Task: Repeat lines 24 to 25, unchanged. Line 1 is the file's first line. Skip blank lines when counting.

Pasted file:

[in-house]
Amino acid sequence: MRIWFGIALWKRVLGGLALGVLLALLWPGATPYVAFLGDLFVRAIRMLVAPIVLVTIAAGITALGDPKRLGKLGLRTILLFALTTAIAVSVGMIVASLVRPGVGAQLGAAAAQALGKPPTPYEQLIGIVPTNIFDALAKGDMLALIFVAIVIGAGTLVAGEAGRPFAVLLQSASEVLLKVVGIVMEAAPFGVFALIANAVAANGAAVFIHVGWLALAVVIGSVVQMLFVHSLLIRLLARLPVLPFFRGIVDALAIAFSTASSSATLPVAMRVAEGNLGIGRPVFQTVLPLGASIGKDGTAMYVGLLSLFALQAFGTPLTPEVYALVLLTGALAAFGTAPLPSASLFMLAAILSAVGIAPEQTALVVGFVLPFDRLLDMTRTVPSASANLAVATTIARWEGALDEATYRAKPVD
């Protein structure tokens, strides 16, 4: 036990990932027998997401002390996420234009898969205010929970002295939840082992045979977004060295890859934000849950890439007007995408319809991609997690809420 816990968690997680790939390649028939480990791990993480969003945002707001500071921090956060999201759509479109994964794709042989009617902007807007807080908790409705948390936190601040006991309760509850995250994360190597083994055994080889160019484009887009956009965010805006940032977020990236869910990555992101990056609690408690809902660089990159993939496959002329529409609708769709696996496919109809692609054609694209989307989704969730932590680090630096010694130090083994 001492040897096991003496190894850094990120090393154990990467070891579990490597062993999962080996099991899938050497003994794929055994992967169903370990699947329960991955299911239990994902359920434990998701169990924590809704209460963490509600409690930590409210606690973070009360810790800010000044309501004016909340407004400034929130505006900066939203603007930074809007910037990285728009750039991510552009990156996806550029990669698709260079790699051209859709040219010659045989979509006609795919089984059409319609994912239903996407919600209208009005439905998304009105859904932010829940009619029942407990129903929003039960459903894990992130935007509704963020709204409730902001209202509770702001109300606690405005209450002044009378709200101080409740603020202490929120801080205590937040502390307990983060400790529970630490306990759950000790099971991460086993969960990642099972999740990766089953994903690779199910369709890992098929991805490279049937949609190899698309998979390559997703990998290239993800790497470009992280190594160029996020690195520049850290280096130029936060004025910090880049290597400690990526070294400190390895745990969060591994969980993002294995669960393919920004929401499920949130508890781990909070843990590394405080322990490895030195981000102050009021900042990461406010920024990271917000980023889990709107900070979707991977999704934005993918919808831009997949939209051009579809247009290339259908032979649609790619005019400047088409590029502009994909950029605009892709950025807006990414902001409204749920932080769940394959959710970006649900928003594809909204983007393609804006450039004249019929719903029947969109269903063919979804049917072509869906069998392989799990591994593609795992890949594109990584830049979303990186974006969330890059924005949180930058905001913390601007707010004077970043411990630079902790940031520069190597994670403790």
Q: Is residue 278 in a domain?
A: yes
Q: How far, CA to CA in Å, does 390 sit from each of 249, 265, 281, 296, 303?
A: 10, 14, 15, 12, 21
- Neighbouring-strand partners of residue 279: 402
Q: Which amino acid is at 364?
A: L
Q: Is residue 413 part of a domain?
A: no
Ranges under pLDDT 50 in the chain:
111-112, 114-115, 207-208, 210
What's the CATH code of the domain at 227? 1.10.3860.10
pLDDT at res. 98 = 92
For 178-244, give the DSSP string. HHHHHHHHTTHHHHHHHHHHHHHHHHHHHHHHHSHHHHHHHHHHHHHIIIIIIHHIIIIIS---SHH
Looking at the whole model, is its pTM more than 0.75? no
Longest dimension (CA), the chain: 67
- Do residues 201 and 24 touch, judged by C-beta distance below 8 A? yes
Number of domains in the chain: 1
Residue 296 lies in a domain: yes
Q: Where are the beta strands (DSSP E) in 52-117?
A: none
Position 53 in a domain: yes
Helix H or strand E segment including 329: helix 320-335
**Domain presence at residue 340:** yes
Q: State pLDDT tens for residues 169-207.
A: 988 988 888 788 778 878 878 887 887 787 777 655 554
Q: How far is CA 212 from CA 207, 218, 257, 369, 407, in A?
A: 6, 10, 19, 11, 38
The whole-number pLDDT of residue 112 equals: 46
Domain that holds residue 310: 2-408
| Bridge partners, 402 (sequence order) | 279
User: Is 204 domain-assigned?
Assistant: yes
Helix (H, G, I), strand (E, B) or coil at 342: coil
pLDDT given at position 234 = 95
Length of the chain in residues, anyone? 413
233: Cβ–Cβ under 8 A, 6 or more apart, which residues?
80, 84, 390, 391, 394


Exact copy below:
A: none
Position 53 in a domain: yes